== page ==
Are Cross-Border Acquisitions Different from Domestic Acquisitions? Evidence on Stock and Operating Performance for U.S. Acquirers
45 Pages Posted: 6 Feb 2006
We provide empirical evidence on how cross-border acquisitions from the perspective of an U.S. acquirer differ from domestic transactions, based on stock and operating performance measures. The distinction between domestic and cross-border acquisitions is a function of the change in market integration, which shifts the balance between the relative costs and benefits of cross-border versus domestic acquisitions. Furthermore, recent evidence on the costs of global diversification suggests another reason for a distinction between cross-border and domestic acquisitions. For a sample of 4,430 acquisitions between 1985 and 1995 and controlling for various factors we find that U.S. acquirers experience significantly lower stock and operating performance for cross-border than for domestic transactions. Stock returns are negatively associated with an increase in both global and industrial diversification. Cross-border takeover activity has increased during the past decade and the observed difference in bidder gains is more pronounced for the latter half of the sample period. With the exception of the U.K., bidder returns are negatively related to the target country's degree of economic restrictiveness. Lower bidder gains for cross-border transactions are consistent with the acquirer's inability to correctly value or capture synergies in cross-border takeovers.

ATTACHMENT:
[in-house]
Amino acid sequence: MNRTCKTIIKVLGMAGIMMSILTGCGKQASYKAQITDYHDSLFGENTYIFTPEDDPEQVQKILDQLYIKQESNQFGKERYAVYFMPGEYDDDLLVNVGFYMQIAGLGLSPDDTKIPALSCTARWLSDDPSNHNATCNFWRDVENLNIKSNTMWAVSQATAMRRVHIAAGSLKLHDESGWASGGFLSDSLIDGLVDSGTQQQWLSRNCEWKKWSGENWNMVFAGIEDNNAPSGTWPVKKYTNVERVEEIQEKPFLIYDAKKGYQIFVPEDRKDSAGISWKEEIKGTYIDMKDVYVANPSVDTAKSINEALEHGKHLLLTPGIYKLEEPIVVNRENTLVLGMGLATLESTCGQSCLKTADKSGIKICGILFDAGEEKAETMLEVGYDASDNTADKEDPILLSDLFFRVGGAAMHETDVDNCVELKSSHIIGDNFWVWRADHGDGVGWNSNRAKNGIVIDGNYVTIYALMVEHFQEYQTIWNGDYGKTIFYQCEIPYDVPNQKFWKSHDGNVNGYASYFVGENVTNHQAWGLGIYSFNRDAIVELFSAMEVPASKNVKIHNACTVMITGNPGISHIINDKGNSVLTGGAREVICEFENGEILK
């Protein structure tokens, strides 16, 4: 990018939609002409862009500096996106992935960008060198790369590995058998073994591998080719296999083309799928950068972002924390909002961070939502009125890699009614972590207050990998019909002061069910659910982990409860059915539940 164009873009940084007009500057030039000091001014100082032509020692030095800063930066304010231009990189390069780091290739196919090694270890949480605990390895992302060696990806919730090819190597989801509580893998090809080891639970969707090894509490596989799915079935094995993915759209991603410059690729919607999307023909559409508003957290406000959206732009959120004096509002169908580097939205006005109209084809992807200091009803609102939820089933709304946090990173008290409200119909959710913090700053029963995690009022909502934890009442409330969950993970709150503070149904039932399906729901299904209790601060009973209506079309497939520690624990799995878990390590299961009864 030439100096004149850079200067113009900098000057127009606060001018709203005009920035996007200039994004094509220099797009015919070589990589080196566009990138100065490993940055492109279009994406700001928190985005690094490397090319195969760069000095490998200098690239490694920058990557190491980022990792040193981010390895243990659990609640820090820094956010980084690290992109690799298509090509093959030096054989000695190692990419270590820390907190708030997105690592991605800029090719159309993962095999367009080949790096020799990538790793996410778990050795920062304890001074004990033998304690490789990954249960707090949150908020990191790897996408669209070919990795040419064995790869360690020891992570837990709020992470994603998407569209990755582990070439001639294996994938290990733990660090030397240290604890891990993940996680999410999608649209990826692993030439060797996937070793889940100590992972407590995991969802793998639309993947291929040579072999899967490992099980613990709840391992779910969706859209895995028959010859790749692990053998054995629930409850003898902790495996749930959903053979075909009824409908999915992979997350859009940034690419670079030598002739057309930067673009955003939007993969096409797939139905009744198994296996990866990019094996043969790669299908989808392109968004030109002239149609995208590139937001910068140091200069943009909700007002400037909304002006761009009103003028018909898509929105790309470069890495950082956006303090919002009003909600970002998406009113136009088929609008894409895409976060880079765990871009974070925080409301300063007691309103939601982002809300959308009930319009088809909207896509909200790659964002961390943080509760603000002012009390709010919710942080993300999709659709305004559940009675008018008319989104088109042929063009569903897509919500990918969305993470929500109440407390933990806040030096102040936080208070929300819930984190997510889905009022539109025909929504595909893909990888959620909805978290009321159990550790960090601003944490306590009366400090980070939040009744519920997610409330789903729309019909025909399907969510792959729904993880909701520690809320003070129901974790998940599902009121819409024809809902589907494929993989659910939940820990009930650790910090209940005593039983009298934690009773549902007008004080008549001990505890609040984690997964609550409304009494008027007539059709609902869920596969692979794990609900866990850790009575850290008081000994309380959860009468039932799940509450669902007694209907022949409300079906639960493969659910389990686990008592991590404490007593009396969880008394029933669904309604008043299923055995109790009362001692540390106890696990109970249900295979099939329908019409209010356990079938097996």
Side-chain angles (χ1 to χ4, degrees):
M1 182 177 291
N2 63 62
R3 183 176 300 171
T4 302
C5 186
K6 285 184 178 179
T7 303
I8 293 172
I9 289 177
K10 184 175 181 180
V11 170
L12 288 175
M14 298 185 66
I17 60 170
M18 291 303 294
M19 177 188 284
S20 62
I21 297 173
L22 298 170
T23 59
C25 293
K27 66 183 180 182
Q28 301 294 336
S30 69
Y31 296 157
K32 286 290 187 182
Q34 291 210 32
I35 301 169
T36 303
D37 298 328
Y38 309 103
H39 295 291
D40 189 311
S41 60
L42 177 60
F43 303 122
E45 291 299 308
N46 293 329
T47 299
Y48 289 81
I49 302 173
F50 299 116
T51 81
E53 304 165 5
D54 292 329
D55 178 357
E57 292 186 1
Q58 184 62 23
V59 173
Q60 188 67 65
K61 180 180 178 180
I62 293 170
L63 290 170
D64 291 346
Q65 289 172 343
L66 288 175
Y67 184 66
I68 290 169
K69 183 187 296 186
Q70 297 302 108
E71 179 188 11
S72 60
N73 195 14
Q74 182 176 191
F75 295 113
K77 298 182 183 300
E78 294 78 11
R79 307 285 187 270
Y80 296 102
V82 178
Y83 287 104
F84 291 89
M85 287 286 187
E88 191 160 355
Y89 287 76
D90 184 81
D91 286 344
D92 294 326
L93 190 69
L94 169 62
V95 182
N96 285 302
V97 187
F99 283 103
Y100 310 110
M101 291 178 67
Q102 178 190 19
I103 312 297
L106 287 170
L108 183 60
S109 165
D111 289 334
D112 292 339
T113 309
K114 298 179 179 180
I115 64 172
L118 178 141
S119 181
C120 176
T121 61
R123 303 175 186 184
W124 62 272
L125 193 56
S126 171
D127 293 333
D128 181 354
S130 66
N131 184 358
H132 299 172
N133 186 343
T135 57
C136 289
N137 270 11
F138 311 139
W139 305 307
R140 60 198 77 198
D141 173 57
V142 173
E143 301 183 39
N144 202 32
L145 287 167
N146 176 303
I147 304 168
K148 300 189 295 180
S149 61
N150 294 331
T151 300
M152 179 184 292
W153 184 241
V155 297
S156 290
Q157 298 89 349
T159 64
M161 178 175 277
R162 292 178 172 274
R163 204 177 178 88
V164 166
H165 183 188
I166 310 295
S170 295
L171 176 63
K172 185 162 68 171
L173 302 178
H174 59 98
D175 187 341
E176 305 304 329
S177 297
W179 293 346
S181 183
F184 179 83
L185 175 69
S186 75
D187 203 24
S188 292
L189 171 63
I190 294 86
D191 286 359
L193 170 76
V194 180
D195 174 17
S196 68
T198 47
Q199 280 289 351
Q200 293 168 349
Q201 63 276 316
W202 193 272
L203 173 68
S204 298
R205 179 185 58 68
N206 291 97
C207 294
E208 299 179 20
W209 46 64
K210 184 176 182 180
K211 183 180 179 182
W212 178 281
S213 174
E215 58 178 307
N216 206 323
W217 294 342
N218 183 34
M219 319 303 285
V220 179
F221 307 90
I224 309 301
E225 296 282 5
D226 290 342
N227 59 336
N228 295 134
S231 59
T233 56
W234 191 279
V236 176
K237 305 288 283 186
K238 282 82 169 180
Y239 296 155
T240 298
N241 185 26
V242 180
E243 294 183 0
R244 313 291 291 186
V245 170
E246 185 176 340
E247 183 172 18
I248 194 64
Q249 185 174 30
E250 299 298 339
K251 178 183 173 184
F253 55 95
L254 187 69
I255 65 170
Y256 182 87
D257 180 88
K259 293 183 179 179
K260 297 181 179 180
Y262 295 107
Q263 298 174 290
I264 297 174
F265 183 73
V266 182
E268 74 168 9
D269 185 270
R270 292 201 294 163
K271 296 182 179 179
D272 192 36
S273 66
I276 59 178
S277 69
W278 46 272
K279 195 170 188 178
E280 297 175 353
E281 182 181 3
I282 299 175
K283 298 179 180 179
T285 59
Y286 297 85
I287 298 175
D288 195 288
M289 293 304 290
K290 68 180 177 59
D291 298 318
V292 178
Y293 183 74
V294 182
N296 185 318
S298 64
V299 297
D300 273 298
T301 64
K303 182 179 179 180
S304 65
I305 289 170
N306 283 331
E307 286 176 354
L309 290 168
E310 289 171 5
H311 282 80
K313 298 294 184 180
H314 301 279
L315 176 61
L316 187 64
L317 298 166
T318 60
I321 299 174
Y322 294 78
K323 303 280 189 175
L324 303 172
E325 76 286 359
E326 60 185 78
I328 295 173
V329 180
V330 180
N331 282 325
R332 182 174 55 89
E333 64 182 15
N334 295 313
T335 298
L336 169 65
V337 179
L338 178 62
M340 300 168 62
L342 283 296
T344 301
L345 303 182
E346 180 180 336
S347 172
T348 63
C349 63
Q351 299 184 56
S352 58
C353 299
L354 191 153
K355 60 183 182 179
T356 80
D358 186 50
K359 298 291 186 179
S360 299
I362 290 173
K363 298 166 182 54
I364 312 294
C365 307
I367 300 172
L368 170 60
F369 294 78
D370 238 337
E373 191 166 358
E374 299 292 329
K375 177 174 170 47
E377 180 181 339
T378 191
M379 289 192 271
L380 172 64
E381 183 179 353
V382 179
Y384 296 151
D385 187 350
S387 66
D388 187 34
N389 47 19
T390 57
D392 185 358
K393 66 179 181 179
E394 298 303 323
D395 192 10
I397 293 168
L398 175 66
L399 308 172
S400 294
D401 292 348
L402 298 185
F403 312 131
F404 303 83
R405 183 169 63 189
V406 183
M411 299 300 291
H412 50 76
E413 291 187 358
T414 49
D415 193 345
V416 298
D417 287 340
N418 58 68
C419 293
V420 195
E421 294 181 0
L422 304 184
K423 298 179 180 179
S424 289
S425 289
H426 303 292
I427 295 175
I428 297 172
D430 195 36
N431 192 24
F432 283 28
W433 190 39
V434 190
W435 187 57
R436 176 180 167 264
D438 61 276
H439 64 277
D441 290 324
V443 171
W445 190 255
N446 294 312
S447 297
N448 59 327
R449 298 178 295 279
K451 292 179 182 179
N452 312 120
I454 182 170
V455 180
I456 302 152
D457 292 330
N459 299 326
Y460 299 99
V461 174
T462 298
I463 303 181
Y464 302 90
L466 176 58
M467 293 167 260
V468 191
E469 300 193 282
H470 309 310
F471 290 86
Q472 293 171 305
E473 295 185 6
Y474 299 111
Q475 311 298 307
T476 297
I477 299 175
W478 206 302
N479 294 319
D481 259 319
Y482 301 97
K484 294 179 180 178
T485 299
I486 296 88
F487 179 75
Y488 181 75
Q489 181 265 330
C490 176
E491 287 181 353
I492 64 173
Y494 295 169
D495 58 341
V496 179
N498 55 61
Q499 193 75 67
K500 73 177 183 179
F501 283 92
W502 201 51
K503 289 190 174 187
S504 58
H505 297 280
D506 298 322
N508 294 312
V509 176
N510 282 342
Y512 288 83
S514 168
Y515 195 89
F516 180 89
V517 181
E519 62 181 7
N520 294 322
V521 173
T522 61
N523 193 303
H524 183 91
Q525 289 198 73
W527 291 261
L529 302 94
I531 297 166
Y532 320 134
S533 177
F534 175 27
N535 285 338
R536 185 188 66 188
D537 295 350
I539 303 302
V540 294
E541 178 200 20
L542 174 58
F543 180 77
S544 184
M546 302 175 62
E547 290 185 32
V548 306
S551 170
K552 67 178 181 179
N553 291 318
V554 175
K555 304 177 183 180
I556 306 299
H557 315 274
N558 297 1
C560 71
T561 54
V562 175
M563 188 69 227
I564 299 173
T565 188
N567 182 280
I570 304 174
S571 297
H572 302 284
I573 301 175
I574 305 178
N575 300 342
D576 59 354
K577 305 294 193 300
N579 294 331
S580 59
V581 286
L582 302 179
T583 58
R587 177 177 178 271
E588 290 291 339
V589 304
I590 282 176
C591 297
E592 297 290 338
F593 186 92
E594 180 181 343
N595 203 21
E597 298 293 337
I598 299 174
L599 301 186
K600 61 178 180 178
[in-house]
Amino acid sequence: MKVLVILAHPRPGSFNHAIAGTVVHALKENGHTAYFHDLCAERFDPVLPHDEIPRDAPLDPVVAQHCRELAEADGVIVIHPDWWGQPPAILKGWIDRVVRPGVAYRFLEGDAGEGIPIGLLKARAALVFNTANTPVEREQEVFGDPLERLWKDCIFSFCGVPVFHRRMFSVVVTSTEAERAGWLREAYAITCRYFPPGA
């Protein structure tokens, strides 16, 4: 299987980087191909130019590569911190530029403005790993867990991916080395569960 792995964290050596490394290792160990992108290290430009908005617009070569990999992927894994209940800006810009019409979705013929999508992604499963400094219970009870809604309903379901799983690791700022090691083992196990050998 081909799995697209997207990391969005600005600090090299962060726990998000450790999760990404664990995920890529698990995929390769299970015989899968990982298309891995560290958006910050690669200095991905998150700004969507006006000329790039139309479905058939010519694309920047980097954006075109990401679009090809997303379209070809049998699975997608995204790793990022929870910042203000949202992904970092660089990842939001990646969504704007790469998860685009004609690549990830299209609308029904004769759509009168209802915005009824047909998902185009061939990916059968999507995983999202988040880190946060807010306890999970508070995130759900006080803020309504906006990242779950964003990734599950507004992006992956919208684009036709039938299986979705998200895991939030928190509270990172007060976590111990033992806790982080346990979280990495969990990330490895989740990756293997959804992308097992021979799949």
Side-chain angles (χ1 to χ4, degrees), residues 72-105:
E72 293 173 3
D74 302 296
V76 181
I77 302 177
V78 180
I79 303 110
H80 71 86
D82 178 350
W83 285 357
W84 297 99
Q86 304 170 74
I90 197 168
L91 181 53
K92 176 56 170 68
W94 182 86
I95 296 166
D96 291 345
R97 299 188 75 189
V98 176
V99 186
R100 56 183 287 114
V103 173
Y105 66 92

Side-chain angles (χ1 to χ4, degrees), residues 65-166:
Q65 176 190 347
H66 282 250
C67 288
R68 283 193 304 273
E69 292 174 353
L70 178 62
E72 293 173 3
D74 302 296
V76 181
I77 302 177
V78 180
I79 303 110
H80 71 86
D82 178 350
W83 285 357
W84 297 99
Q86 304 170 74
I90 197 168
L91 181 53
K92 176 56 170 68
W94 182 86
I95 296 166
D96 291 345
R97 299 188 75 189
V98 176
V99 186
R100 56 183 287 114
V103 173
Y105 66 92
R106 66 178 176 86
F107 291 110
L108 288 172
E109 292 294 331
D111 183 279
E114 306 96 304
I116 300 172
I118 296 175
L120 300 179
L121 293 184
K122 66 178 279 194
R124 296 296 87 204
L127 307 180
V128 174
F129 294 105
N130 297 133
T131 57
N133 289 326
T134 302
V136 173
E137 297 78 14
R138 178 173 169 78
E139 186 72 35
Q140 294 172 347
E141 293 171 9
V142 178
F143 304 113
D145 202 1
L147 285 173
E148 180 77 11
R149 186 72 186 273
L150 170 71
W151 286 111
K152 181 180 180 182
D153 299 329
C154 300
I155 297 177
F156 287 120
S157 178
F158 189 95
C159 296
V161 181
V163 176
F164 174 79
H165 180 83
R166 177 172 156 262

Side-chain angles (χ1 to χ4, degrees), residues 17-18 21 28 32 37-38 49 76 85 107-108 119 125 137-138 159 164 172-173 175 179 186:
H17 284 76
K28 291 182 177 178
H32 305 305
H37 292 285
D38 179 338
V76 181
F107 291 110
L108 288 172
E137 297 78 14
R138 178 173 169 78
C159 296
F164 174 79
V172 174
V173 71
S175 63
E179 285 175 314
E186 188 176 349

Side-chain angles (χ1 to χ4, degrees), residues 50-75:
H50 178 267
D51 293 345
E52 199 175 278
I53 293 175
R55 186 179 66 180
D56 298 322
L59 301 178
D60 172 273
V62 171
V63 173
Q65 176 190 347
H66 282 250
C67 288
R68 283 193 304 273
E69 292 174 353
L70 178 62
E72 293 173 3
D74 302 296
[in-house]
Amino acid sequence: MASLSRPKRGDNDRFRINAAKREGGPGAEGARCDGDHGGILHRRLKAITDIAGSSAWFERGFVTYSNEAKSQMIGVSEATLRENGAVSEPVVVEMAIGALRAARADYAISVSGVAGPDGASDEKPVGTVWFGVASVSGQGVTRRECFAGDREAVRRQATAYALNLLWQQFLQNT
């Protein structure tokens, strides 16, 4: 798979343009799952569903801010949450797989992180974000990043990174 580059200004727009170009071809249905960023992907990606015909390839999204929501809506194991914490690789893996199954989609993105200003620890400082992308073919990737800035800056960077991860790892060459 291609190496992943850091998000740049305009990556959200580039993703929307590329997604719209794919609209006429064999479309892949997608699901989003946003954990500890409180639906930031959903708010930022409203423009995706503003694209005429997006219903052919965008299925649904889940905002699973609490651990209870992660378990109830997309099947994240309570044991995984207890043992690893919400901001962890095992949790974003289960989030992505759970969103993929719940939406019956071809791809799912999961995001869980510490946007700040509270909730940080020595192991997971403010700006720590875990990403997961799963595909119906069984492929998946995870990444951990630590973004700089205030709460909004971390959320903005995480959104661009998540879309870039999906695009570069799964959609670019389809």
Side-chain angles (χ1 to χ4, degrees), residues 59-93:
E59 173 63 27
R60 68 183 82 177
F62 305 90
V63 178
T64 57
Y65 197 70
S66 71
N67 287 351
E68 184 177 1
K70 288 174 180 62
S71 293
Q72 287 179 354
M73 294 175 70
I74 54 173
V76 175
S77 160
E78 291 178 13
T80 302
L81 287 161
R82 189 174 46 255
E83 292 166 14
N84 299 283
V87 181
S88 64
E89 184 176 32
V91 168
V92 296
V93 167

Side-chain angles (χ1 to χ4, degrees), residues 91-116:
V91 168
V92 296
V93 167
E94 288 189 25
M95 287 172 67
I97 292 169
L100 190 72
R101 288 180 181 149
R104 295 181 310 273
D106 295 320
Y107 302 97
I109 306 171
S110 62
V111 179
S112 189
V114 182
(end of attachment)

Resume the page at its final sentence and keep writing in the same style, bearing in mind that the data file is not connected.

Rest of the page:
Keywords: Cross-border acquisitions, global diversification, bidder gains
JEL Classification: F30, G30, G34
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